The purpose of this study was to determine the effect of load on lower extremity biomechanics during the pull-phase of the clean. Kinematic and kinetic data of the three joints of the lower extremity were collected while participants performed multiple sets of cleans at three percentages: 65, 75, and 85% of 1-Reptition maximum (RM). General linear models with repeated measures were used to assess the influence of load on angular velocities, net torques, powers, and rates of torque development at the ankle, knee, and hip joint. The results suggest that the biomechanical demands required from the lower extremities change with the lifted load and to an extent depend on the respective joint. Most notably, the hip and knee extended significantly faster than the ankle independent of load, while the hip and ankle generally produced significantly higher torques than the knee. Torque, rate of torque development, and power at the ankle and knee joint were maximal at 85% and 75% of 1-RM, respectively, whereas torque and rate of torque development at the hip were maximal at loads above 75% and 85% of 1-RM, respectively. This study provides important novel information about the mechanical demands of a weightlifting exercise and should be heeded in the design of resistance training programs.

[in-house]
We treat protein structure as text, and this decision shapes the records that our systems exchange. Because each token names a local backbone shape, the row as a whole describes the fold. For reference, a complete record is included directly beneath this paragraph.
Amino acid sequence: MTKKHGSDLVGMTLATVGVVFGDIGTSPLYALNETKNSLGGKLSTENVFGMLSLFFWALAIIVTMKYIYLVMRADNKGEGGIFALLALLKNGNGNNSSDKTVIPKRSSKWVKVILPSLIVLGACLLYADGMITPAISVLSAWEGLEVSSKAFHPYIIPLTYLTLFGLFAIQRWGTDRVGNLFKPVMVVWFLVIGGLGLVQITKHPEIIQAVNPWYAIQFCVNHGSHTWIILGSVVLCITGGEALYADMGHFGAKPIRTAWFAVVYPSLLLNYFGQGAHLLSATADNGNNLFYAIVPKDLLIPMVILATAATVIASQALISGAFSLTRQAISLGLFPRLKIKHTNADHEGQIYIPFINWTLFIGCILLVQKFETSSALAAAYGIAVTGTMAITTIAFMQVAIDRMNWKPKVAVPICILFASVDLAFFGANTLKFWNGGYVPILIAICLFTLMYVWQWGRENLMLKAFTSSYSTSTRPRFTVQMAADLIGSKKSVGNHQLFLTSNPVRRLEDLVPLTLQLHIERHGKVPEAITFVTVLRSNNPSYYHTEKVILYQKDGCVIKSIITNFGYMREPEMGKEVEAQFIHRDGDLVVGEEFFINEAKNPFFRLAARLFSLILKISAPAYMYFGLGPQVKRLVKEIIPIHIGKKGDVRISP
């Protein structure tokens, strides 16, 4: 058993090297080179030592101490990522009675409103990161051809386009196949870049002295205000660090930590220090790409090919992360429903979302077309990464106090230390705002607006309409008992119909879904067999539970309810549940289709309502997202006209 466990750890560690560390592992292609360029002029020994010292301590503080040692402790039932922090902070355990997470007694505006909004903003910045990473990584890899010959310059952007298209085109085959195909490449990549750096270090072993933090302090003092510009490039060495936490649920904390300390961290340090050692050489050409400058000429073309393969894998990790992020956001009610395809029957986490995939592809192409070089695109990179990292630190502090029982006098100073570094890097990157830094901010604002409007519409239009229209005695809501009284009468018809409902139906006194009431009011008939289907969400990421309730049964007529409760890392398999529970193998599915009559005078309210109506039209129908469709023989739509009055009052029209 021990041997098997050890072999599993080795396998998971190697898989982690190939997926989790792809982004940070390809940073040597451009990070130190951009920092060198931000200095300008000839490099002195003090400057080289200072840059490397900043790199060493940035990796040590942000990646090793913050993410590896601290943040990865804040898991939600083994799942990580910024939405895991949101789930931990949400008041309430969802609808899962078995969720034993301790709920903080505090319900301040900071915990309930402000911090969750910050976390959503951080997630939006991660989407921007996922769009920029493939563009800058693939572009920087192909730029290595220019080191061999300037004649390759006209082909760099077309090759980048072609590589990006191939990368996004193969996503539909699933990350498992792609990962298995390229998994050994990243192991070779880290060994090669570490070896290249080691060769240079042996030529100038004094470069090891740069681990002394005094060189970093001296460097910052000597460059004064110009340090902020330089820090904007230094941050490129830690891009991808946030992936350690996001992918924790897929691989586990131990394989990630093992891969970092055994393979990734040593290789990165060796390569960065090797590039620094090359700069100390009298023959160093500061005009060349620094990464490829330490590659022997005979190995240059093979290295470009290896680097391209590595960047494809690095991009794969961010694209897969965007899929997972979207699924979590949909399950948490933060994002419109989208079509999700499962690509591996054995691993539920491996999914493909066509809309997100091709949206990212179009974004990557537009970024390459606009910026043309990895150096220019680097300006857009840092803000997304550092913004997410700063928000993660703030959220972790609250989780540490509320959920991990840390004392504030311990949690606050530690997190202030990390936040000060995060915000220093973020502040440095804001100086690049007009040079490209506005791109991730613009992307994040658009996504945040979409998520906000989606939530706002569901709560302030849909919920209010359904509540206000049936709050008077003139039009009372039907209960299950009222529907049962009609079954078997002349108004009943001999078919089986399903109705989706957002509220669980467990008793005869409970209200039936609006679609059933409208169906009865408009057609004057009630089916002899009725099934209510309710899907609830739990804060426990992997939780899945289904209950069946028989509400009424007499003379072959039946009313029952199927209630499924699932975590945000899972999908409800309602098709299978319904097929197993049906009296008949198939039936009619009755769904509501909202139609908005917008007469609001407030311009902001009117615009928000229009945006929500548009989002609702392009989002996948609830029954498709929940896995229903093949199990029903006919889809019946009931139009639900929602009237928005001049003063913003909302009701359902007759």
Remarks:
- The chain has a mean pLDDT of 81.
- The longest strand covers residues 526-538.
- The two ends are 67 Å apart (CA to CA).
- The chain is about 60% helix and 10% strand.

Kipp, Kristof; Harris, Chad; and Sabick, Michelle B.. (2011). "Lower Extremity Biomechanics During Weightlifting Exercise Vary Across Joint and Load". Journal of Strength and Conditioning Research, 25(5), 1229-1234. http://dx.doi.org/10.1519/JSC.0b013e3181da780b